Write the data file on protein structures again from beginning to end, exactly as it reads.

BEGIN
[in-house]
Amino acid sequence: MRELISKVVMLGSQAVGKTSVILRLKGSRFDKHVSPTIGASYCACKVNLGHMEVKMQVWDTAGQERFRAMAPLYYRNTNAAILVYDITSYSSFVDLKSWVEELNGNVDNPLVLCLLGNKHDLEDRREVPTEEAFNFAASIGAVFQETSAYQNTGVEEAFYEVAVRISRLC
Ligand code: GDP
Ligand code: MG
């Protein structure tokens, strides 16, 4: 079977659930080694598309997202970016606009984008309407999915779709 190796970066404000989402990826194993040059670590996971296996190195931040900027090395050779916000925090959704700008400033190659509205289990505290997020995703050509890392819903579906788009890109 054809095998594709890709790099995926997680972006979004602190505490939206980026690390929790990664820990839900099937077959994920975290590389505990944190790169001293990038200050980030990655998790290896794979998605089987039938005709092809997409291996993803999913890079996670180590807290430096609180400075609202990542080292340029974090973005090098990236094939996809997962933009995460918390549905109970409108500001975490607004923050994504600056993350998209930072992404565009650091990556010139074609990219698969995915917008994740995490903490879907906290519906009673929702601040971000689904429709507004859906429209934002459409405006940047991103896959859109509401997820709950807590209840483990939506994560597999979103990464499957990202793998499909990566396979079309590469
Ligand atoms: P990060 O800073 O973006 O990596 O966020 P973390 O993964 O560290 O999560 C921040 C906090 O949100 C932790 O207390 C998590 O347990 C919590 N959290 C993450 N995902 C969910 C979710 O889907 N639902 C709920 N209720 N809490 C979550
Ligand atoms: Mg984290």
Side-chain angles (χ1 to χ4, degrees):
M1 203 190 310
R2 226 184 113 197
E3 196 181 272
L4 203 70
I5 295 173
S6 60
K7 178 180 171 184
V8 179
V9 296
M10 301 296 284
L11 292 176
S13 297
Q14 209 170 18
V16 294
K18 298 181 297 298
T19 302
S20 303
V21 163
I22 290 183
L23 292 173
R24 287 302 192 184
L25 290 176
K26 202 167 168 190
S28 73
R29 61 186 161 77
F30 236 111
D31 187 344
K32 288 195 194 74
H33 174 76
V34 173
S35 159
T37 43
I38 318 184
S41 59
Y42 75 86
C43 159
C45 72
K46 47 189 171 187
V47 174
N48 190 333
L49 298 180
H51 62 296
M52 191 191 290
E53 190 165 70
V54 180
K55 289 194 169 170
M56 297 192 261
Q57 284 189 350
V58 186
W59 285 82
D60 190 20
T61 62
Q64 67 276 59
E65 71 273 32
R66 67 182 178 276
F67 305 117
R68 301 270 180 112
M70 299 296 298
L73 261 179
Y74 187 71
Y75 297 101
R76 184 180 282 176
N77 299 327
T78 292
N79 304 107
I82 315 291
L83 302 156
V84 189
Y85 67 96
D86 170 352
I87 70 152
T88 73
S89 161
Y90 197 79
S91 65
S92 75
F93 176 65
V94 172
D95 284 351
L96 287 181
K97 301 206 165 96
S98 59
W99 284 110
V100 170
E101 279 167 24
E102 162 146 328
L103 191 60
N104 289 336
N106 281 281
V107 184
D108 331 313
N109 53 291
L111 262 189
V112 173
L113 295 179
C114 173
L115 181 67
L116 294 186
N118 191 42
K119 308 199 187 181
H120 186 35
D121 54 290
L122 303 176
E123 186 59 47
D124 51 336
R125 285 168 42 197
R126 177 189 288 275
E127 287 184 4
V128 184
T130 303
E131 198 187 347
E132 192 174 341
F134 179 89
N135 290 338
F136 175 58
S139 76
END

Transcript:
[in-house]
Amino acid sequence: MRELISKVVMLGSQAVGKTSVILRLKGSRFDKHVSPTIGASYCACKVNLGHMEVKMQVWDTAGQERFRAMAPLYYRNTNAAILVYDITSYSSFVDLKSWVEELNGNVDNPLVLCLLGNKHDLEDRREVPTEEAFNFAASIGAVFQETSAYQNTGVEEAFYEVAVRISRLC
Ligand code: GDP
Ligand code: MG
């Protein structure tokens, strides 16, 4: 079977659930080694598309997202970016606009984008309407999915779709 190796970066404000989402990826194993040059670590996971296996190195931040900027090395050779916000925090959704700008400033190659509205289990505290997020995703050509890392819903579906788009890109 054809095998594709890709790099995926997680972006979004602190505490939206980026690390929790990664820990839900099937077959994920975290590389505990944190790169001293990038200050980030990655998790290896794979998605089987039938005709092809997409291996993803999913890079996670180590807290430096609180400075609202990542080292340029974090973005090098990236094939996809997962933009995460918390549905109970409108500001975490607004923050994504600056993350998209930072992404565009650091990556010139074609990219698969995915917008994740995490903490879907906290519906009673929702601040971000689904429709507004859906429209934002459409405006940047991103896959859109509401997820709950807590209840483990939506994560597999979103990464499957990202793998499909990566396979079309590469
Ligand atoms: P990060 O800073 O973006 O990596 O966020 P973390 O993964 O560290 O999560 C921040 C906090 O949100 C932790 O207390 C998590 O347990 C919590 N959290 C993450 N995902 C969910 C979710 O889907 N639902 C709920 N209720 N809490 C979550
Ligand atoms: Mg984290």
Side-chain angles (χ1 to χ4, degrees):
M1 203 190 310
R2 226 184 113 197
E3 196 181 272
L4 203 70
I5 295 173
S6 60
K7 178 180 171 184
V8 179
V9 296
M10 301 296 284
L11 292 176
S13 297
Q14 209 170 18
V16 294
K18 298 181 297 298
T19 302
S20 303
V21 163
I22 290 183
L23 292 173
R24 287 302 192 184
L25 290 176
K26 202 167 168 190
S28 73
R29 61 186 161 77
F30 236 111
D31 187 344
K32 288 195 194 74
H33 174 76
V34 173
S35 159
T37 43
I38 318 184
S41 59
Y42 75 86
C43 159
C45 72
K46 47 189 171 187
V47 174
N48 190 333
L49 298 180
H51 62 296
M52 191 191 290
E53 190 165 70
V54 180
K55 289 194 169 170
M56 297 192 261
Q57 284 189 350
V58 186
W59 285 82
D60 190 20
T61 62
Q64 67 276 59
E65 71 273 32
R66 67 182 178 276
F67 305 117
R68 301 270 180 112
M70 299 296 298
L73 261 179
Y74 187 71
Y75 297 101
R76 184 180 282 176
N77 299 327
T78 292
N79 304 107
I82 315 291
L83 302 156
V84 189
Y85 67 96
D86 170 352
I87 70 152
T88 73
S89 161
Y90 197 79
S91 65
S92 75
F93 176 65
V94 172
D95 284 351
L96 287 181
K97 301 206 165 96
S98 59
W99 284 110
V100 170
E101 279 167 24
E102 162 146 328
L103 191 60
N104 289 336
N106 281 281
V107 184
D108 331 313
N109 53 291
L111 262 189
V112 173
L113 295 179
C114 173
L115 181 67
L116 294 186
N118 191 42
K119 308 199 187 181
H120 186 35
D121 54 290
L122 303 176
E123 186 59 47
D124 51 336
R125 285 168 42 197
R126 177 189 288 275
E127 287 184 4
V128 184
T130 303
E131 198 187 347
E132 192 174 341
F134 179 89
N135 290 338
F136 175 58
S139 76